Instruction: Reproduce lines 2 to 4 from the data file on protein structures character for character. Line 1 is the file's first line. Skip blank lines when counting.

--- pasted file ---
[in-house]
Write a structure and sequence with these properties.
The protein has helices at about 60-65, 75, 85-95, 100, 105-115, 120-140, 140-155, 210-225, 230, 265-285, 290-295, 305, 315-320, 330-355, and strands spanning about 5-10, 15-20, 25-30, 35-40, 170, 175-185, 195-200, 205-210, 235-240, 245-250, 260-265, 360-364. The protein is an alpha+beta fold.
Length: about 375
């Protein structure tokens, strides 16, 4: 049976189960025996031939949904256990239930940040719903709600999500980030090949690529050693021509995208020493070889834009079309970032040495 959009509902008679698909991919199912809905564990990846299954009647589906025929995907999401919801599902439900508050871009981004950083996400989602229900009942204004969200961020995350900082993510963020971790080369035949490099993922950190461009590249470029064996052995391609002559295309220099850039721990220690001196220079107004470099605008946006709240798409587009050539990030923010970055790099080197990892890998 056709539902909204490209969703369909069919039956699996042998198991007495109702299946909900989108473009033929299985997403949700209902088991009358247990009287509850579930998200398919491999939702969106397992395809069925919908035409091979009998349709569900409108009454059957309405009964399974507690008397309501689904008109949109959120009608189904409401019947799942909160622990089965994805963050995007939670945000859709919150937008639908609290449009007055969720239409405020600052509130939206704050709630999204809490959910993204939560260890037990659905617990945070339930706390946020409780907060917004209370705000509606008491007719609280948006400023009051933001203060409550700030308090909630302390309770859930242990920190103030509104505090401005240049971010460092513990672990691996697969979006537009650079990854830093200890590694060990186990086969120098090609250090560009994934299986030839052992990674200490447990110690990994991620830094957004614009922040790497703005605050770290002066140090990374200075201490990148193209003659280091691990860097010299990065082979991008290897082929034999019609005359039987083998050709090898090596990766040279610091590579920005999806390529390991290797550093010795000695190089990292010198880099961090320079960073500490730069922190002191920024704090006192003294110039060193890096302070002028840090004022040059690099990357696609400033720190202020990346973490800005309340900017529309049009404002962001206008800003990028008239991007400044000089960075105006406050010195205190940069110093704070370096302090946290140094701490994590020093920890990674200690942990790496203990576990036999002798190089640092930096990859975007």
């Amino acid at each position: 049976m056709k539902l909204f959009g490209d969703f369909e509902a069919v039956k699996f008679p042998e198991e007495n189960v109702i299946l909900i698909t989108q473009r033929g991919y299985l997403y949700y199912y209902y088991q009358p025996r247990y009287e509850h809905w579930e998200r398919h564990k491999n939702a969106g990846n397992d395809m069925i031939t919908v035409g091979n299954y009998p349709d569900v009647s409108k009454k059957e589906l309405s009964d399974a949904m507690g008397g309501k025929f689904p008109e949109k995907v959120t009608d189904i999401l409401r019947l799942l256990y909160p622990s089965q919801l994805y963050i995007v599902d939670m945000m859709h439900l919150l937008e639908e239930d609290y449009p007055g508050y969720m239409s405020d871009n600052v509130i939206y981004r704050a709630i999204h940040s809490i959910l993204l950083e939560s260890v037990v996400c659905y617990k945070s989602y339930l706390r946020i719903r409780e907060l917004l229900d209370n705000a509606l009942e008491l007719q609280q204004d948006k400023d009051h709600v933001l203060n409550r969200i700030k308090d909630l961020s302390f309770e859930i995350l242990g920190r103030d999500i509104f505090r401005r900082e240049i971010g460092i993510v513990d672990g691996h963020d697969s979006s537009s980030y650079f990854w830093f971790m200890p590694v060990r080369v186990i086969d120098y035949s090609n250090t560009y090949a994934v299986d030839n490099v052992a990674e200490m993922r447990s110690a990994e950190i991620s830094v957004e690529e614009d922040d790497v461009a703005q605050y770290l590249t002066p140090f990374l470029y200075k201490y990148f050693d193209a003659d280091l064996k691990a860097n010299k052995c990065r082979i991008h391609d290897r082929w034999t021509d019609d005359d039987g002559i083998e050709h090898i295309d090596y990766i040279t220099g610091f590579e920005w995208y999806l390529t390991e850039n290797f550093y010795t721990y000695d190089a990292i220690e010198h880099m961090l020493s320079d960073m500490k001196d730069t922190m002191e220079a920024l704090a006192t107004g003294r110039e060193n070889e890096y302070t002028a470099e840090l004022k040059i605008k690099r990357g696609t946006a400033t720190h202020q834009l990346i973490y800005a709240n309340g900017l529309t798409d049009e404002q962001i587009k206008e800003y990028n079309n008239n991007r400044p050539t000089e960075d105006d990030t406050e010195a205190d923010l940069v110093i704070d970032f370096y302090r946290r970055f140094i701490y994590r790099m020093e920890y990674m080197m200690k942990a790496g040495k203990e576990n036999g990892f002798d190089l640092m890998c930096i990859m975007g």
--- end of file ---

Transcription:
Write a structure and sequence with these properties.
The protein has helices at about 60-65, 75, 85-95, 100, 105-115, 120-140, 140-155, 210-225, 230, 265-285, 290-295, 305, 315-320, 330-355, and strands spanning about 5-10, 15-20, 25-30, 35-40, 170, 175-185, 195-200, 205-210, 235-240, 245-250, 260-265, 360-364. The protein is an alpha+beta fold.
Length: about 375